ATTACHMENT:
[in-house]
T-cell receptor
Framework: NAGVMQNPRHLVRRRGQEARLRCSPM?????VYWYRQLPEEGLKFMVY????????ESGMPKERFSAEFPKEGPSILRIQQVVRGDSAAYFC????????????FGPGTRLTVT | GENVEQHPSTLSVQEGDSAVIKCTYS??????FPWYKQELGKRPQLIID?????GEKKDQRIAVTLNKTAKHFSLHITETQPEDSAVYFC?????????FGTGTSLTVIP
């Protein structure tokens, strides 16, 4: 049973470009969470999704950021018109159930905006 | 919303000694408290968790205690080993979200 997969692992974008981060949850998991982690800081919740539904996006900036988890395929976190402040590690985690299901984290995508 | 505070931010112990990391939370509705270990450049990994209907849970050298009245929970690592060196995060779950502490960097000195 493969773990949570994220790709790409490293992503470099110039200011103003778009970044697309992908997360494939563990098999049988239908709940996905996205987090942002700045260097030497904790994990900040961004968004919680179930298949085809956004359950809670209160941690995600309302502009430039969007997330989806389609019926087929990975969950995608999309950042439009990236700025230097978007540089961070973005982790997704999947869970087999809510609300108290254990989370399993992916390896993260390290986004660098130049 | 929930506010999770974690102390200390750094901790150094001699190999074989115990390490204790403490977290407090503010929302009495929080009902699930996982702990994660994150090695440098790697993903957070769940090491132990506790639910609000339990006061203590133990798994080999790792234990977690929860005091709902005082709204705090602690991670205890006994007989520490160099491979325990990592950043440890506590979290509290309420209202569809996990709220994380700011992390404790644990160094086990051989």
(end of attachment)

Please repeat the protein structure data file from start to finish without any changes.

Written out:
[in-house]
T-cell receptor
Framework: NAGVMQNPRHLVRRRGQEARLRCSPM?????VYWYRQLPEEGLKFMVY????????ESGMPKERFSAEFPKEGPSILRIQQVVRGDSAAYFC????????????FGPGTRLTVT | GENVEQHPSTLSVQEGDSAVIKCTYS??????FPWYKQELGKRPQLIID?????GEKKDQRIAVTLNKTAKHFSLHITETQPEDSAVYFC?????????FGTGTSLTVIP
């Protein structure tokens, strides 16, 4: 049973470009969470999704950021018109159930905006 | 919303000694408290968790205690080993979200 997969692992974008981060949850998991982690800081919740539904996006900036988890395929976190402040590690985690299901984290995508 | 505070931010112990990391939370509705270990450049990994209907849970050298009245929970690592060196995060779950502490960097000195 493969773990949570994220790709790409490293992503470099110039200011103003778009970044697309992908997360494939563990098999049988239908709940996905996205987090942002700045260097030497904790994990900040961004968004919680179930298949085809956004359950809670209160941690995600309302502009430039969007997330989806389609019926087929990975969950995608999309950042439009990236700025230097978007540089961070973005982790997704999947869970087999809510609300108290254990989370399993992916390896993260390290986004660098130049 | 929930506010999770974690102390200390750094901790150094001699190999074989115990390490204790403490977290407090503010929302009495929080009902699930996982702990994660994150090695440098790697993903957070769940090491132990506790639910609000339990006061203590133990798994080999790792234990977690929860005091709902005082709204705090602690991670205890006994007989520490160099491979325990990592950043440890506590979290509290309420209202569809996990709220994380700011992390404790644990160094086990051989």